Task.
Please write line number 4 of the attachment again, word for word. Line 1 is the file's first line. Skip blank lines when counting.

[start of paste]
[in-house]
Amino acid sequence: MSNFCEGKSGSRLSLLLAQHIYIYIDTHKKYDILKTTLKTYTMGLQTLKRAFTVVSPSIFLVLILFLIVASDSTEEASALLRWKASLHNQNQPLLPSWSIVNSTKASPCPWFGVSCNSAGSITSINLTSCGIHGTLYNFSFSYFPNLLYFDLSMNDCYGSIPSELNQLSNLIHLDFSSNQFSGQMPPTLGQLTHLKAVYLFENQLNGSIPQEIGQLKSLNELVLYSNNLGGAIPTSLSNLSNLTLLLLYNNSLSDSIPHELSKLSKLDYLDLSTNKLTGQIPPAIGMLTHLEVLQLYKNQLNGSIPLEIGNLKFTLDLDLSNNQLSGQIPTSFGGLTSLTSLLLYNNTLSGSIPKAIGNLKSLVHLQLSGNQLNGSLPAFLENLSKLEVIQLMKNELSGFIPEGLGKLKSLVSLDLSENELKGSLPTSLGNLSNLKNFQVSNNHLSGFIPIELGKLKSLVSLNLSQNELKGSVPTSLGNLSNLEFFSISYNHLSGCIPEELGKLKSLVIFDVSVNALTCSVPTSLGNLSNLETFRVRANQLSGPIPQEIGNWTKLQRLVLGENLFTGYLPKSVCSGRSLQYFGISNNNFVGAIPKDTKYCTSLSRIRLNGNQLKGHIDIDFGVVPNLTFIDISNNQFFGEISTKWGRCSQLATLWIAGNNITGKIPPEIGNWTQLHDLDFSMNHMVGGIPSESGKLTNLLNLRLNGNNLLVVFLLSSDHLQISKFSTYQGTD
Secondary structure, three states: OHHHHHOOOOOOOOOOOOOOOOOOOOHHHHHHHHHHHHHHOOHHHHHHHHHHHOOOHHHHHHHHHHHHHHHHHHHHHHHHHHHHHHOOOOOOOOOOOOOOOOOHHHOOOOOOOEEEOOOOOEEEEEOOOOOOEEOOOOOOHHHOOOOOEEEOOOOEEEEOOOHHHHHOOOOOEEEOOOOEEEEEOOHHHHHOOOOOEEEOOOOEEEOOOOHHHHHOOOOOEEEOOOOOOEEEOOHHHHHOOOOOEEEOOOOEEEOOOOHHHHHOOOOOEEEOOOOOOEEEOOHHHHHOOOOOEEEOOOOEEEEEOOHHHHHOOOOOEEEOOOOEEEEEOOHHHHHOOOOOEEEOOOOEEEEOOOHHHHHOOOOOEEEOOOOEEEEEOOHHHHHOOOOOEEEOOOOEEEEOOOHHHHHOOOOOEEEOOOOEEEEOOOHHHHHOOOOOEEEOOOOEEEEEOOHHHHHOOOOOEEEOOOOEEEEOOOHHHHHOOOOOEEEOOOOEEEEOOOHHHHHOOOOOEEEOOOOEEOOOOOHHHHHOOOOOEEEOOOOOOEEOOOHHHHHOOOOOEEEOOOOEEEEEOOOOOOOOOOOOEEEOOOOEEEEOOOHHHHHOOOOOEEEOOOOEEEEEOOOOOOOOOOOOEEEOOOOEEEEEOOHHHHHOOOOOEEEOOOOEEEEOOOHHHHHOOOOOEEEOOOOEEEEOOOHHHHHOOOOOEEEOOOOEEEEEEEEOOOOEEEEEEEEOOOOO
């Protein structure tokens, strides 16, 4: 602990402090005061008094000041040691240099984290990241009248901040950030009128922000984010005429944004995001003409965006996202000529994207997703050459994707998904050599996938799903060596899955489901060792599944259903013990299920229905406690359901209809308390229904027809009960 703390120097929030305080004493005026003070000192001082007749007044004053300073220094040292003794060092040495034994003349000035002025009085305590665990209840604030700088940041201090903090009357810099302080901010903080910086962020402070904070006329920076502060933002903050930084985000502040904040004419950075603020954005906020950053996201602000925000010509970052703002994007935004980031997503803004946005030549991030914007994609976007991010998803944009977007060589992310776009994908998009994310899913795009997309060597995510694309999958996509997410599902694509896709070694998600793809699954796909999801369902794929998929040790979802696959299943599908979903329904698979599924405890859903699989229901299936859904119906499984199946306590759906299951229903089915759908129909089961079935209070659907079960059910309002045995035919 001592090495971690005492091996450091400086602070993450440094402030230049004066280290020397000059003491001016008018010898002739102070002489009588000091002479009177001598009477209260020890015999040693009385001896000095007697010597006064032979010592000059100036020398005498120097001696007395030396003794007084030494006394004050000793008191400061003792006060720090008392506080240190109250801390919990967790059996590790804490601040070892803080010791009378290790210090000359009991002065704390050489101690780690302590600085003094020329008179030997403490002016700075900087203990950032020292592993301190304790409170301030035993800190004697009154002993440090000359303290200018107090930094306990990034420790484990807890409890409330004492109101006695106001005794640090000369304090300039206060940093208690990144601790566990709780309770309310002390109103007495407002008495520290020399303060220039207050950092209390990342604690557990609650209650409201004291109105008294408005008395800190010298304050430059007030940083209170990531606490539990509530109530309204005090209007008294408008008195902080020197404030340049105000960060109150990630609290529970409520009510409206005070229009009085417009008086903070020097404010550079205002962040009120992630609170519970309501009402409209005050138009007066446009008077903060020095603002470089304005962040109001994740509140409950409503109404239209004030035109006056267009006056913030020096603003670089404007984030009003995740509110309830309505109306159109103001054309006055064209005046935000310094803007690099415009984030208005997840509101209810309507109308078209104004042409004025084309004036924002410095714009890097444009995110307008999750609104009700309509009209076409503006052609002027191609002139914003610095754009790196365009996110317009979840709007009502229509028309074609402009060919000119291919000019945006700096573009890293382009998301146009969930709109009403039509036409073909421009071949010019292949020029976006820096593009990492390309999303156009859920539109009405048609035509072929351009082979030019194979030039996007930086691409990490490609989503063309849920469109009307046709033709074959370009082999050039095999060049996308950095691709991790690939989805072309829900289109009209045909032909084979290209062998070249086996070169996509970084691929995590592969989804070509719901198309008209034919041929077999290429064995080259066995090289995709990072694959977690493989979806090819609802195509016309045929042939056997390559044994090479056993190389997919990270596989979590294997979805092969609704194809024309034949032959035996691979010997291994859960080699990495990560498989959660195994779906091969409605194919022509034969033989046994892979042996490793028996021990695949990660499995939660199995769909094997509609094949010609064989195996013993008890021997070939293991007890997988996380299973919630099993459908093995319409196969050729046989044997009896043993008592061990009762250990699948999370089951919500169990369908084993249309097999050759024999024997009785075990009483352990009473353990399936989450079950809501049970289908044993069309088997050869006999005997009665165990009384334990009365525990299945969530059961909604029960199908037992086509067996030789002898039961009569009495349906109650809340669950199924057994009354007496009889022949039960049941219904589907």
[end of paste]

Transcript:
């Protein structure tokens, strides 16, 4: 602990402090005061008094000041040691240099984290990241009248901040950030009128922000984010005429944004995001003409965006996202000529994207997703050459994707998904050599996938799903060596899955489901060792599944259903013990299920229905406690359901209809308390229904027809009960 703390120097929030305080004493005026003070000192001082007749007044004053300073220094040292003794060092040495034994003349000035002025009085305590665990209840604030700088940041201090903090009357810099302080901010903080910086962020402070904070006329920076502060933002903050930084985000502040904040004419950075603020954005906020950053996201602000925000010509970052703002994007935004980031997503803004946005030549991030914007994609976007991010998803944009977007060589992310776009994908998009994310899913795009997309060597995510694309999958996509997410599902694509896709070694998600793809699954796909999801369902794929998929040790979802696959299943599908979903329904698979599924405890859903699989229901299936859904119906499984199946306590759906299951229903089915759908129909089961079935209070659907079960059910309002045995035919 001592090495971690005492091996450091400086602070993450440094402030230049004066280290020397000059003491001016008018010898002739102070002489009588000091002479009177001598009477209260020890015999040693009385001896000095007697010597006064032979010592000059100036020398005498120097001696007395030396003794007084030494006394004050000793008191400061003792006060720090008392506080240190109250801390919990967790059996590790804490601040070892803080010791009378290790210090000359009991002065704390050489101690780690302590600085003094020329008179030997403490002016700075900087203990950032020292592993301190304790409170301030035993800190004697009154002993440090000359303290200018107090930094306990990034420790484990807890409890409330004492109101006695106001005794640090000369304090300039206060940093208690990144601790566990709780309770309310002390109103007495407002008495520290020399303060220039207050950092209390990342604690557990609650209650409201004291109105008294408005008395800190010298304050430059007030940083209170990531606490539990509530109530309204005090209007008294408008008195902080020197404030340049105000960060109150990630609290529970409520009510409206005070229009009085417009008086903070020097404010550079205002962040009120992630609170519970309501009402409209005050138009007066446009008077903060020095603002470089304005962040109001994740509140409950409503109404239209004030035109006056267009006056913030020096603003670089404007984030009003995740509110309830309505109306159109103001054309006055064209005046935000310094803007690099415009984030208005997840509101209810309507109308078209104004042409004025084309004036924002410095714009890097444009995110307008999750609104009700309509009209076409503006052609002027191609002139914003610095754009790196365009996110317009979840709007009502229509028309074609402009060919000119291919000019945006700096573009890293382009998301146009969930709109009403039509036409073909421009071949010019292949020029976006820096593009990492390309999303156009859920539109009405048609035509072929351009082979030019194979030039996007930086691409990490490609989503063309849920469109009307046709033709074959370009082999050039095999060049996308950095691709991790690939989805072309829900289109009209045909032909084979290209062998070249086996070169996509970084691929995590592969989804070509719901198309008209034919041929077999290429064995080259066995090289995709990072694959977690493989979806090819609802195509016309045929042939056997390559044994090479056993190389997919990270596989979590294997979805092969609704194809024309034949032959035996691979010997291994859960080699990495990560498989959660195994779906091969409605194919022509034969033989046994892979042996490793028996021990695949990660499995939660199995769909094997509609094949010609064989195996013993008890021997070939293991007890997988996380299973919630099993459908093995319409196969050729046989044997009896043993008592061990009762250990699948999370089951919500169990369908084993249309097999050759024999024997009785075990009483352990009473353990399936989450079950809501049970289908044993069309088997050869006999005997009665165990009384334990009365525990299945969530059961909604029960199908037992086509067996030789002898039961009569009495349906109650809340669950199924057994009354007496009889022949039960049941219904589907």